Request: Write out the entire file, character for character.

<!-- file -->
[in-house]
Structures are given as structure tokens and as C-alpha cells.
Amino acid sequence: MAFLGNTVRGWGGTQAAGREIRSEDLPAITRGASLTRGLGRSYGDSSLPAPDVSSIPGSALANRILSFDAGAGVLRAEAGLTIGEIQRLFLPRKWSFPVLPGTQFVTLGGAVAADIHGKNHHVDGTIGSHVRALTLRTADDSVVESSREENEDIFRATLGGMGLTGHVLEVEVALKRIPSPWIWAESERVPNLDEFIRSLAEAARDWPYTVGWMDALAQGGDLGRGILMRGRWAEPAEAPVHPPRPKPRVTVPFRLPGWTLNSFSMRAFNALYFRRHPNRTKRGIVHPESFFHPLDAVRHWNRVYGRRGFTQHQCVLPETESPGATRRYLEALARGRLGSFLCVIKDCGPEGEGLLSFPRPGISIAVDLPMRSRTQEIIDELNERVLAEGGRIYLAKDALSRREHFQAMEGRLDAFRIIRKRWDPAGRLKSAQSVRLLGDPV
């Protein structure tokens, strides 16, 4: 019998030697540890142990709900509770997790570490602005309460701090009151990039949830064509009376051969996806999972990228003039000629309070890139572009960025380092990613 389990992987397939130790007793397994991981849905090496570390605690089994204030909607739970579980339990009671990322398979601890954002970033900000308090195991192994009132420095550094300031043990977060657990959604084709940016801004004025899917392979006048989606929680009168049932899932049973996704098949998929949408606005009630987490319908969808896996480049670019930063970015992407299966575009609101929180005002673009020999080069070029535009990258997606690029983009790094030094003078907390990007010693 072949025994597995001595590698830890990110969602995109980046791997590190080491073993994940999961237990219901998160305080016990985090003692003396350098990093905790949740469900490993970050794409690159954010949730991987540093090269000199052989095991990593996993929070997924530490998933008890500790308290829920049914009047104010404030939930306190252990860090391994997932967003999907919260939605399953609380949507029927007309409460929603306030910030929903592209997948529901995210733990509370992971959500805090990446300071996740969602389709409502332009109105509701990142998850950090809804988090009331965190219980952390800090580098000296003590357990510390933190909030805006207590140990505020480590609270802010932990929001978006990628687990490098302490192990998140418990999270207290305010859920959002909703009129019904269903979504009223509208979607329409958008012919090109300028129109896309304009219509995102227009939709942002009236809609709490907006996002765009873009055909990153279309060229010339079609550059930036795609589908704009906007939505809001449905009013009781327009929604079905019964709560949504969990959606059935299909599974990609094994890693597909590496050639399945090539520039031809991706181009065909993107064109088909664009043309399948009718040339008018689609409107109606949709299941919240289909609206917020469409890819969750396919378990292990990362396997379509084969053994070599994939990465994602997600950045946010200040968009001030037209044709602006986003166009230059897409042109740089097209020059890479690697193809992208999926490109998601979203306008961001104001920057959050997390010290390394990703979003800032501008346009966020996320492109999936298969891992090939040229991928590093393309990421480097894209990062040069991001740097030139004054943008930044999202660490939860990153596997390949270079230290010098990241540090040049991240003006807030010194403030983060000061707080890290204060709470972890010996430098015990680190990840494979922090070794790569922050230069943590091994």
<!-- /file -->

[in-house]
Structures are given as structure tokens and as C-alpha cells.
Amino acid sequence: MAFLGNTVRGWGGTQAAGREIRSEDLPAITRGASLTRGLGRSYGDSSLPAPDVSSIPGSALANRILSFDAGAGVLRAEAGLTIGEIQRLFLPRKWSFPVLPGTQFVTLGGAVAADIHGKNHHVDGTIGSHVRALTLRTADDSVVESSREENEDIFRATLGGMGLTGHVLEVEVALKRIPSPWIWAESERVPNLDEFIRSLAEAARDWPYTVGWMDALAQGGDLGRGILMRGRWAEPAEAPVHPPRPKPRVTVPFRLPGWTLNSFSMRAFNALYFRRHPNRTKRGIVHPESFFHPLDAVRHWNRVYGRRGFTQHQCVLPETESPGATRRYLEALARGRLGSFLCVIKDCGPEGEGLLSFPRPGISIAVDLPMRSRTQEIIDELNERVLAEGGRIYLAKDALSRREHFQAMEGRLDAFRIIRKRWDPAGRLKSAQSVRLLGDPV
């Protein structure tokens, strides 16, 4: 019998030697540890142990709900509770997790570490602005309460701090009151990039949830064509009376051969996806999972990228003039000629309070890139572009960025380092990613 389990992987397939130790007793397994991981849905090496570390605690089994204030909607739970579980339990009671990322398979601890954002970033900000308090195991192994009132420095550094300031043990977060657990959604084709940016801004004025899917392979006048989606929680009168049932899932049973996704098949998929949408606005009630987490319908969808896996480049670019930063970015992407299966575009609101929180005002673009020999080069070029535009990258997606690029983009790094030094003078907390990007010693 072949025994597995001595590698830890990110969602995109980046791997590190080491073993994940999961237990219901998160305080016990985090003692003396350098990093905790949740469900490993970050794409690159954010949730991987540093090269000199052989095991990593996993929070997924530490998933008890500790308290829920049914009047104010404030939930306190252990860090391994997932967003999907919260939605399953609380949507029927007309409460929603306030910030929903592209997948529901995210733990509370992971959500805090990446300071996740969602389709409502332009109105509701990142998850950090809804988090009331965190219980952390800090580098000296003590357990510390933190909030805006207590140990505020480590609270802010932990929001978006990628687990490098302490192990998140418990999270207290305010859920959002909703009129019904269903979504009223509208979607329409958008012919090109300028129109896309304009219509995102227009939709942002009236809609709490907006996002765009873009055909990153279309060229010339079609550059930036795609589908704009906007939505809001449905009013009781327009929604079905019964709560949504969990959606059935299909599974990609094994890693597909590496050639399945090539520039031809991706181009065909993107064109088909664009043309399948009718040339008018689609409107109606949709299941919240289909609206917020469409890819969750396919378990292990990362396997379509084969053994070599994939990465994602997600950045946010200040968009001030037209044709602006986003166009230059897409042109740089097209020059890479690697193809992208999926490109998601979203306008961001104001920057959050997390010290390394990703979003800032501008346009966020996320492109999936298969891992090939040229991928590093393309990421480097894209990062040069991001740097030139004054943008930044999202660490939860990153596997390949270079230290010098990241540090040049991240003006807030010194403030983060000061707080890290204060709470972890010996430098015990680190990840494979922090070794790569922050230069943590091994």